When Richard Land started his work day Tuesday, he was the Nevada Taxicab Authority’s chief administrator. By lunchtime, he was out of a job.
Land was dismissed by Nevada Department of Business and Industry Director Mendy Elliott in a move that neither Land nor the Taxicab Authority board were aware was even being contemplated beforehand.
“I just got a call from Mendy (around 11 a.m.), and she said I was being replaced. That’s all I know,” said Land, the administrator since 2005 and the board’s chairman from 2001 to 2005. “The replacement was waiting for me in the office when I got back” from a staff lunch.
Tom Czehowski, the Nevada Occupational Safety and Health Administration’s chief administrative officer, has been appointed by Elliott as interim administrator, pending a candidate search by the board and the naming of a permanent replacement by Elliott.
Land, appointed under the administration of former Gov. Kenny Guinn, said he was not given a reason for the change. “It’s politics,” he said. “Goes with the country.”
State officials were vague about why they sought the change, and would not say whether Land’s dismissal was because of his performance.
“She (Elliott) just wants to take the department in a new direction,” said Amanda Penn, a spokeswoman for the Department of Business and Industry, of which the Taxicab Authority is a subagency. Penn added that Elliott wants the department to “be more accountable for how we use the public’s money weighed against agency performance.”
While the administrator reports to the board, the administrator is hired and fired by Elliott, appointed earlier this year by Gov. Jim Gibbons. There is no legal requirement for the board to be consulted on an administrator’s dismissal, though the board must vet potential replacements.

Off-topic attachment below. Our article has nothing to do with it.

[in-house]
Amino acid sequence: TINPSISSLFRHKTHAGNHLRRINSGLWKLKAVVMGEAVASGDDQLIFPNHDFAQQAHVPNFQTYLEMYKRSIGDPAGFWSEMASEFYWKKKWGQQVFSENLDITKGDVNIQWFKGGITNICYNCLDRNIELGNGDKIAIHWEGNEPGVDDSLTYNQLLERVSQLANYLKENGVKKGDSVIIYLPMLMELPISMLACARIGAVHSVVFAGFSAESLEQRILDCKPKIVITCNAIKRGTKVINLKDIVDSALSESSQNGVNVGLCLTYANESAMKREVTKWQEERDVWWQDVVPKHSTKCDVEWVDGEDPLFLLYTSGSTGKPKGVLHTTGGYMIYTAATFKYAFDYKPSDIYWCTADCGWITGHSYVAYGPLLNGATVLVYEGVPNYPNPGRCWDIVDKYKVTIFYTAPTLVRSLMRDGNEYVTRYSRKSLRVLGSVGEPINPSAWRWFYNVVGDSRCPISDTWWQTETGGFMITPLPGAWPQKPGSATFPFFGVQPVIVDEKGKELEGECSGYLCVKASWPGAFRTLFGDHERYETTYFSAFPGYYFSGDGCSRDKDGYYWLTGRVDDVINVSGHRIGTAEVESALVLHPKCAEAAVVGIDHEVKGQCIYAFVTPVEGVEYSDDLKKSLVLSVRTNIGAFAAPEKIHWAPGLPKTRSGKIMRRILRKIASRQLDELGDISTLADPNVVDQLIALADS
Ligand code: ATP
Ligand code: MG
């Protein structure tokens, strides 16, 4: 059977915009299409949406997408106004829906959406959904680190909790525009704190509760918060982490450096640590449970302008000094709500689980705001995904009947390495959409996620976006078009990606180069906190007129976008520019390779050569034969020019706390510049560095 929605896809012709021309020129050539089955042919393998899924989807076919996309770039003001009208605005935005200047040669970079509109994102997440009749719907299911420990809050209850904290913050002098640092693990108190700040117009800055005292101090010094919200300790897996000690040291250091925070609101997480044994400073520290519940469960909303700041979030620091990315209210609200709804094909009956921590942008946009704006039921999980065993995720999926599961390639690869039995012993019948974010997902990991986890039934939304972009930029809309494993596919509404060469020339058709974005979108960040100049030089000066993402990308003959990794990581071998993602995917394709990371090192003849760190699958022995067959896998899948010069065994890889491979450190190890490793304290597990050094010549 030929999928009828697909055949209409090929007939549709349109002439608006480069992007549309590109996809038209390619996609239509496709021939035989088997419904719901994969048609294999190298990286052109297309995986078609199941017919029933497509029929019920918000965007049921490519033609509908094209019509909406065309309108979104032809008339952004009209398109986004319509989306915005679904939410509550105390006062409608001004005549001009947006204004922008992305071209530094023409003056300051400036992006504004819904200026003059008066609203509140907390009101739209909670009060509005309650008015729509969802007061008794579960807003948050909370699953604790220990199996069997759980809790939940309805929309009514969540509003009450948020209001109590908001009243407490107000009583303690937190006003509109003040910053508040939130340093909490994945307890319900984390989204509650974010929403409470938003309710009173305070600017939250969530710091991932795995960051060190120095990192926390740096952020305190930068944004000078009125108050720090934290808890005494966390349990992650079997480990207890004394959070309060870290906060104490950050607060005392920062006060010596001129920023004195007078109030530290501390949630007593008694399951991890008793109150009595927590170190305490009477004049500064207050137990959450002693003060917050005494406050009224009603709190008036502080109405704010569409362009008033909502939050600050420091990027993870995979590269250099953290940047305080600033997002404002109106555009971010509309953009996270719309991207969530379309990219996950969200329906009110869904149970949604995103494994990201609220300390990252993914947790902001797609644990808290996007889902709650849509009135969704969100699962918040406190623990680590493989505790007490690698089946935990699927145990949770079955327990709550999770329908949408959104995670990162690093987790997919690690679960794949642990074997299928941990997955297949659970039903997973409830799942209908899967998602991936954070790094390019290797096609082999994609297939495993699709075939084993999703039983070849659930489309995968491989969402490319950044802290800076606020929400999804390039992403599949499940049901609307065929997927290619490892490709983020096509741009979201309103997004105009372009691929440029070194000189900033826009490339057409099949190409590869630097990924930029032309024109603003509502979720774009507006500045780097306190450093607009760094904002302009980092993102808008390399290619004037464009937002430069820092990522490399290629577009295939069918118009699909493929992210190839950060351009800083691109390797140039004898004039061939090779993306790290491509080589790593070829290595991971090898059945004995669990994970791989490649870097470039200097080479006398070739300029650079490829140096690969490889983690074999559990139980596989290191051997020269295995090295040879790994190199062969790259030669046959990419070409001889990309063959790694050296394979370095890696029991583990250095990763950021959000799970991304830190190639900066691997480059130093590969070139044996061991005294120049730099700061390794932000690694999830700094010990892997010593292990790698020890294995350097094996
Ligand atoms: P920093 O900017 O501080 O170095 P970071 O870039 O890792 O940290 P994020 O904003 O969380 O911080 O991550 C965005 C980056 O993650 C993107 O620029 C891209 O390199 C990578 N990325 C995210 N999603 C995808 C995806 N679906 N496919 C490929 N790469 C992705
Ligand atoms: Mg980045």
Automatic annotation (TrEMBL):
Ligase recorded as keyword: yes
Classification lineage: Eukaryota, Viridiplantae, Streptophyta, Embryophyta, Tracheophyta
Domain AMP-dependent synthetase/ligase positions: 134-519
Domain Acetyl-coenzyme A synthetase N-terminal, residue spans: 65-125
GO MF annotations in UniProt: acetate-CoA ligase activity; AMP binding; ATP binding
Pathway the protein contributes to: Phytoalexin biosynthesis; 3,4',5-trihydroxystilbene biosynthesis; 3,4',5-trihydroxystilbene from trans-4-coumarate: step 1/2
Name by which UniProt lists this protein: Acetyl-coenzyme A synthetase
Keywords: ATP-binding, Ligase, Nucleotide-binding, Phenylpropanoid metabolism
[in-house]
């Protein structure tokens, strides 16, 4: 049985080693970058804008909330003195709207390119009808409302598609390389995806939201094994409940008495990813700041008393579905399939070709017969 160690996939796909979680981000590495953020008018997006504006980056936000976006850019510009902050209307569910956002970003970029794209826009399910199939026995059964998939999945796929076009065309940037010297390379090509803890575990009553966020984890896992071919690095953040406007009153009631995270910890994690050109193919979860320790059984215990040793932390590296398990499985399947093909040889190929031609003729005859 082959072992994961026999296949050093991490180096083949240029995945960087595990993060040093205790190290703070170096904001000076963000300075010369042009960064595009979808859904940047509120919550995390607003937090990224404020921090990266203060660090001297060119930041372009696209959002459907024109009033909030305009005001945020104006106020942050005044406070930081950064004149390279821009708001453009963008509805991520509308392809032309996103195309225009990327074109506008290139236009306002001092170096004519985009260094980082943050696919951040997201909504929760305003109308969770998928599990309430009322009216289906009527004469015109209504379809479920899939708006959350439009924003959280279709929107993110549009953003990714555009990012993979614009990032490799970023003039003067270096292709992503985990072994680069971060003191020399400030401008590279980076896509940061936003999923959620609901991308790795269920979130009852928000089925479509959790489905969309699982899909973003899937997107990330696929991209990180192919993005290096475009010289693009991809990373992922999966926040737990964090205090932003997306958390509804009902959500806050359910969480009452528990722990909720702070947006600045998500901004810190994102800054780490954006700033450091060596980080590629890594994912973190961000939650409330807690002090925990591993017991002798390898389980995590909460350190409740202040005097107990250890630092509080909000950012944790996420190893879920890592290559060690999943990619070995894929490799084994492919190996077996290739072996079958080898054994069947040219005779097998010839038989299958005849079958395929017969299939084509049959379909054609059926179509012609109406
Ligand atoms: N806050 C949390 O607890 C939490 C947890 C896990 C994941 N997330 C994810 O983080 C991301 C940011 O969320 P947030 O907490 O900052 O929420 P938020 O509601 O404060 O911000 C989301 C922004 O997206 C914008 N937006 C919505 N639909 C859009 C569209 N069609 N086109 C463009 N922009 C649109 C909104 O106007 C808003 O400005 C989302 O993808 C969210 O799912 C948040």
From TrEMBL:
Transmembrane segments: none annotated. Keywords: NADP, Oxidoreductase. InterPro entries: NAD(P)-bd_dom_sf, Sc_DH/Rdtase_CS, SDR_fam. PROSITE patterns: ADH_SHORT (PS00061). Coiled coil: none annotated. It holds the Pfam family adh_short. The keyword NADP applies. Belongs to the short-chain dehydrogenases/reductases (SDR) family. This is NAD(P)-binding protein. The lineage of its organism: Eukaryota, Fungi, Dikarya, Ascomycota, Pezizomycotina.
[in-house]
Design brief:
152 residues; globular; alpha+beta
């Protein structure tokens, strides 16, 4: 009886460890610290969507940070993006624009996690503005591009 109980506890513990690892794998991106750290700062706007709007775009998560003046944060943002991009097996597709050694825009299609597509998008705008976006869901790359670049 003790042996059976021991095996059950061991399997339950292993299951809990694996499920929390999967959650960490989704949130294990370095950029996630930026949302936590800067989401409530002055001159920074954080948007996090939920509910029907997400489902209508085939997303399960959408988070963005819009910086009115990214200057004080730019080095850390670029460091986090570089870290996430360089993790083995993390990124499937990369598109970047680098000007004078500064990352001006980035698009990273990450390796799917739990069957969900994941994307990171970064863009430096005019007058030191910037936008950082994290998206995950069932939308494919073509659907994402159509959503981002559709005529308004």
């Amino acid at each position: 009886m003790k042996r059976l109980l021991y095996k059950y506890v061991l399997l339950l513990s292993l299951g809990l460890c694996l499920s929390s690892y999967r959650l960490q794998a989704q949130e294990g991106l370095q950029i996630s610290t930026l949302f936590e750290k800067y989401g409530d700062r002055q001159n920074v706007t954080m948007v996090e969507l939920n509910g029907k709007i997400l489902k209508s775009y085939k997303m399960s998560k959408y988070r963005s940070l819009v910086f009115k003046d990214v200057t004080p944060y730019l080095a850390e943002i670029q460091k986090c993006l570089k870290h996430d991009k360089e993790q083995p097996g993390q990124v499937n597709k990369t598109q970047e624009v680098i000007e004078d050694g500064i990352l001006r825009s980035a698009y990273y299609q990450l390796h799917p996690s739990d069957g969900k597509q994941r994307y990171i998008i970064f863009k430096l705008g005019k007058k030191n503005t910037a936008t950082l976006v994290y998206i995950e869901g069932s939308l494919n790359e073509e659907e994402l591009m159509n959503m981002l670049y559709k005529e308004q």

“There are a lot of changes that are going to be occurring in the (business and industry) department after the (legislative) session, in terms of what this new administration feels is appropriate for regulatory agencies and what they want them to do,” Penn said. “That’s pretty generic, whenever we have a new governor.”
Board chairwoman Kathryn Werner said neither she nor the board had any prior inkling that Land was on his way out.
“Literally, it came out of the blue to me. I’m shocked and a little disappointed,” Werner said. “I’d like to have been consulted,” though prior consultation was not legally required.
Werner said the board did not call for a change. “I think he (Land) has affected a lot of very positive change in this industry,” she said.
Land was a vocal advocate for the use of taxicab surveillance cameras to protect drivers from violent crimes. During his tenure, camera use, once virtually nonexistent, is now almost universal in the Las Vegas Valley’s cab fleet.
The authority oversees the 16 cab companies and roughly 1,600 cabs operating in the valley. It has final say on fares, and when and where cabs can operate.